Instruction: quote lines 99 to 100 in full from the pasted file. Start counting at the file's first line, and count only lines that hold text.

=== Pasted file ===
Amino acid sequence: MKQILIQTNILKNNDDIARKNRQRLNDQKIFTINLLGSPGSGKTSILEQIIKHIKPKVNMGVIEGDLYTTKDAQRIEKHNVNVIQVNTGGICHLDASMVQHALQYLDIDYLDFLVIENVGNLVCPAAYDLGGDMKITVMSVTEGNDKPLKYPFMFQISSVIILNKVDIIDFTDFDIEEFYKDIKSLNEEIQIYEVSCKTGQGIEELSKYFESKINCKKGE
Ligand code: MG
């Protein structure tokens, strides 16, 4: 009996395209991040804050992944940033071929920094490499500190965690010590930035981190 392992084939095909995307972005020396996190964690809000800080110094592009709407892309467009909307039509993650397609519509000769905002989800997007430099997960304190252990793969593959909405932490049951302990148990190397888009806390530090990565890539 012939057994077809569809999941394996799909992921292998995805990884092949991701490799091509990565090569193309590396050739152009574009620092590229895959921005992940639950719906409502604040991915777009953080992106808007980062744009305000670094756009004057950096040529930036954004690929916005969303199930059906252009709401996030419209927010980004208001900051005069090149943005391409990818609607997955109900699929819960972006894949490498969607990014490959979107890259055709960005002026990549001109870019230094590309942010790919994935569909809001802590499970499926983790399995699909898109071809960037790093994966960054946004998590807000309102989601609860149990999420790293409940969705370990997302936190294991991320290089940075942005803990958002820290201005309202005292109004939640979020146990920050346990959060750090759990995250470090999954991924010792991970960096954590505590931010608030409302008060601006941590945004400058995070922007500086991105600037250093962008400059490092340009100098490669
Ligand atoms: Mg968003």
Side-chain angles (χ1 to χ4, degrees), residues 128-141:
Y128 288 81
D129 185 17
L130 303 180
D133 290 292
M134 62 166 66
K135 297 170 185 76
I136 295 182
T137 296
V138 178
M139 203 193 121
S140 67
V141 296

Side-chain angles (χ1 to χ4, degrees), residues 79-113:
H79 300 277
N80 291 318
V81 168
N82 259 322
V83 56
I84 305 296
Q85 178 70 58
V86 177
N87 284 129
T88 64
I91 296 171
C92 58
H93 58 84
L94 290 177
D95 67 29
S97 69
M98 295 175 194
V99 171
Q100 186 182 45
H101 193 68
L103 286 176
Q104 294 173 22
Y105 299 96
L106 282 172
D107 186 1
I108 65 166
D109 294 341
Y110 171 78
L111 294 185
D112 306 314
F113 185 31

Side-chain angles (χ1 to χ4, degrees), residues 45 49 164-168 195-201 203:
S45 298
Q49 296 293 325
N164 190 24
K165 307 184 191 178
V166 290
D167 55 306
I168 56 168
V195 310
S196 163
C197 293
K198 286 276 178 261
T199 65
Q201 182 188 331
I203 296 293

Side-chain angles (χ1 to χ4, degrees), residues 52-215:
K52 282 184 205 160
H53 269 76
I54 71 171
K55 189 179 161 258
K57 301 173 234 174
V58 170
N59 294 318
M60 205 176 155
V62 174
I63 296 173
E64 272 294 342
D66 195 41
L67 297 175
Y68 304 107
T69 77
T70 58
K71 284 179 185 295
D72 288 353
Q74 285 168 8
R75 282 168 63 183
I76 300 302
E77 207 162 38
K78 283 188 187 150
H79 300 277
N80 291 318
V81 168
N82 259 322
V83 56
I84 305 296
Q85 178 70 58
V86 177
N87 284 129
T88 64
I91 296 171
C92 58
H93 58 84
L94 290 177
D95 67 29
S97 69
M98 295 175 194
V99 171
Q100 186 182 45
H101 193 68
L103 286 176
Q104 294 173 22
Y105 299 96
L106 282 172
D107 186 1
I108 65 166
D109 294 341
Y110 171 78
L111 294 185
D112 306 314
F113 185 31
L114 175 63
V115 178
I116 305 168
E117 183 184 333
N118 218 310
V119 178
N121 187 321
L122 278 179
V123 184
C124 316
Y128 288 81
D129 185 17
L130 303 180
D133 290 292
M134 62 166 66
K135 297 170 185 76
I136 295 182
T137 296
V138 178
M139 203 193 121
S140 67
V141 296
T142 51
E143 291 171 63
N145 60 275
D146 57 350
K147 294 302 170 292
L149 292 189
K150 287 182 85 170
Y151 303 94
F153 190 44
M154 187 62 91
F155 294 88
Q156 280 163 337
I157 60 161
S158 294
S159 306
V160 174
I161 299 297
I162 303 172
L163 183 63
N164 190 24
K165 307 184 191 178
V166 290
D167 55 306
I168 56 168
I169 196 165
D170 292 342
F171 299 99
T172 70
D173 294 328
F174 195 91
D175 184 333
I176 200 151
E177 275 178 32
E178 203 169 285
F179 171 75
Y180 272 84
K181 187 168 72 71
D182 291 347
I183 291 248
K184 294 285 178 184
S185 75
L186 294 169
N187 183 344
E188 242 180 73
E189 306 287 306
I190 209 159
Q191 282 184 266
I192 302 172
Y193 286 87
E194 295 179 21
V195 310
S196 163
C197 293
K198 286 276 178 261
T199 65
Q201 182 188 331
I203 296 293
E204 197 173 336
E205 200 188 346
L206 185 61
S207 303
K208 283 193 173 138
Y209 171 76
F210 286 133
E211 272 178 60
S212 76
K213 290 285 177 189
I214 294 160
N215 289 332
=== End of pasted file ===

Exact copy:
I91 296 171
C92 58